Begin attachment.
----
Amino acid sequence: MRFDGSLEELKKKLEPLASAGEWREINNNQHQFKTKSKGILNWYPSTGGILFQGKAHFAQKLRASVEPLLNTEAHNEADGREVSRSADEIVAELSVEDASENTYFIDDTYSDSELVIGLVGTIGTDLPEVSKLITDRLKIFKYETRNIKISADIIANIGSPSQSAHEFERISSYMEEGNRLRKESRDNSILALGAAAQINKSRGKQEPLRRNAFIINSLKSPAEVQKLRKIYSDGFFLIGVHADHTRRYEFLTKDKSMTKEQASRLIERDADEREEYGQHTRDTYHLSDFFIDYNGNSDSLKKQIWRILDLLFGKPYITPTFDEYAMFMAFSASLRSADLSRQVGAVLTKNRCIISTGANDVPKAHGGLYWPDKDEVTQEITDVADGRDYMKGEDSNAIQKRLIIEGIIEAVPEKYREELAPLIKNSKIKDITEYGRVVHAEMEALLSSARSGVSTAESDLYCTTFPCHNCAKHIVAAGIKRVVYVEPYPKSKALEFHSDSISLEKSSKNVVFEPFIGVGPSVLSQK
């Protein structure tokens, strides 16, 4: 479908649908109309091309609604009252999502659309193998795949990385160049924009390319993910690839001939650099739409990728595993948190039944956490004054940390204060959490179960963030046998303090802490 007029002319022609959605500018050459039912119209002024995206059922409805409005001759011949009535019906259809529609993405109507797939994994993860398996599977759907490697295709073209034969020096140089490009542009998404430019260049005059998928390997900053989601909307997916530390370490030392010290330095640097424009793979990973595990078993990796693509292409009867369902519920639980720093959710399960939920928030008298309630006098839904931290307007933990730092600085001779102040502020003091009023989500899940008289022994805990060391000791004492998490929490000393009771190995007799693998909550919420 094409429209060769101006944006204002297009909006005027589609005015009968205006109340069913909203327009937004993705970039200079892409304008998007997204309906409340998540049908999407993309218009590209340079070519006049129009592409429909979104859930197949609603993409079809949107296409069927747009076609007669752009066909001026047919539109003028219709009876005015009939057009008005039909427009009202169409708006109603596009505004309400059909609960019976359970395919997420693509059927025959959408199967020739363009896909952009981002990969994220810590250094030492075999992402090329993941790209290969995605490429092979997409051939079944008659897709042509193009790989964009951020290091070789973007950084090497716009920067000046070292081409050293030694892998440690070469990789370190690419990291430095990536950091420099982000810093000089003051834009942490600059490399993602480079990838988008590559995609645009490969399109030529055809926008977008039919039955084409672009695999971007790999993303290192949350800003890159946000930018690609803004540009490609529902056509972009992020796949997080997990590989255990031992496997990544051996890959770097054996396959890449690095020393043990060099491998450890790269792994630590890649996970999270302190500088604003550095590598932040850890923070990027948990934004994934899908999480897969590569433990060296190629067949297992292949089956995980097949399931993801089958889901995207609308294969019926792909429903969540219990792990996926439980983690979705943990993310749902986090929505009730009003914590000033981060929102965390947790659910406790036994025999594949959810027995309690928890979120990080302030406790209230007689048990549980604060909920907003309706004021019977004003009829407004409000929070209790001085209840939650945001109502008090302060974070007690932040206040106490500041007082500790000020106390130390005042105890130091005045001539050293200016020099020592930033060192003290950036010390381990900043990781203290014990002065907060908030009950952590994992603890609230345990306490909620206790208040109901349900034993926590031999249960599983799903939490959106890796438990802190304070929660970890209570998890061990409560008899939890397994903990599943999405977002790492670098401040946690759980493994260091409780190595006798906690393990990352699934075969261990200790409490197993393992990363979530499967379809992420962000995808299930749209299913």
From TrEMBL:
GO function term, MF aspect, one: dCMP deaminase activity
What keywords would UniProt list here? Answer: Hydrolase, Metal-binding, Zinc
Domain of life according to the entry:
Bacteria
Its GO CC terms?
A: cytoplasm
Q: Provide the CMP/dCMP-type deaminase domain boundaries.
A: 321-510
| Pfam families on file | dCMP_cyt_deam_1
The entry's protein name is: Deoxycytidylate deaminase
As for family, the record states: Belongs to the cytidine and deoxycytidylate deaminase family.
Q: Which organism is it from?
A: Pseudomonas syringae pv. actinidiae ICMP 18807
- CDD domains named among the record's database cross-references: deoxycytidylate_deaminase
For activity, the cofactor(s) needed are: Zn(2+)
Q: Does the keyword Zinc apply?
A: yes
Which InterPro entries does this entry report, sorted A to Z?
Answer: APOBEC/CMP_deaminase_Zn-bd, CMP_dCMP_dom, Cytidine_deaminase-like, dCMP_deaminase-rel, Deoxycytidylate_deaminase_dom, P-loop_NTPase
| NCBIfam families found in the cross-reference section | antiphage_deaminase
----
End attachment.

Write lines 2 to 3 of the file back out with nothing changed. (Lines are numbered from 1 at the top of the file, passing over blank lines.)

């Protein structure tokens, strides 16, 4: 479908649908109309091309609604009252999502659309193998795949990385160049924009390319993910690839001939650099739409990728595993948190039944956490004054940390204060959490179960963030046998303090802490 007029002319022609959605500018050459039912119209002024995206059922409805409005001759011949009535019906259809529609993405109507797939994994993860398996599977759907490697295709073209034969020096140089490009542009998404430019260049005059998928390997900053989601909307997916530390370490030392010290330095640097424009793979990973595990078993990796693509292409009867369902519920639980720093959710399960939920928030008298309630006098839904931290307007933990730092600085001779102040502020003091009023989500899940008289022994805990060391000791004492998490929490000393009771190995007799693998909550919420 094409429209060769101006944006204002297009909006005027589609005015009968205006109340069913909203327009937004993705970039200079892409304008998007997204309906409340998540049908999407993309218009590209340079070519006049129009592409429909979104859930197949609603993409079809949107296409069927747009076609007669752009066909001026047919539109003028219709009876005015009939057009008005039909427009009202169409708006109603596009505004309400059909609960019976359970395919997420693509059927025959959408199967020739363009896909952009981002990969994220810590250094030492075999992402090329993941790209290969995605490429092979997409051939079944008659897709042509193009790989964009951020290091070789973007950084090497716009920067000046070292081409050293030694892998440690070469990789370190690419990291430095990536950091420099982000810093000089003051834009942490600059490399993602480079990838988008590559995609645009490969399109030529055809926008977008039919039955084409672009695999971007790999993303290192949350800003890159946000930018690609803004540009490609529902056509972009992020796949997080997990590989255990031992496997990544051996890959770097054996396959890449690095020393043990060099491998450890790269792994630590890649996970999270302190500088604003550095590598932040850890923070990027948990934004994934899908999480897969590569433990060296190629067949297992292949089956995980097949399931993801089958889901995207609308294969019926792909429903969540219990792990996926439980983690979705943990993310749902986090929505009730009003914590000033981060929102965390947790659910406790036994025999594949959810027995309690928890979120990080302030406790209230007689048990549980604060909920907003309706004021019977004003009829407004409000929070209790001085209840939650945001109502008090302060974070007690932040206040106490500041007082500790000020106390130390005042105890130091005045001539050293200016020099020592930033060192003290950036010390381990900043990781203290014990002065907060908030009950952590994992603890609230345990306490909620206790208040109901349900034993926590031999249960599983799903939490959106890796438990802190304070929660970890209570998890061990409560008899939890397994903990599943999405977002790492670098401040946690759980493994260091409780190595006798906690393990990352699934075969261990200790409490197993393992990363979530499967379809992420962000995808299930749209299913």
From TrEMBL: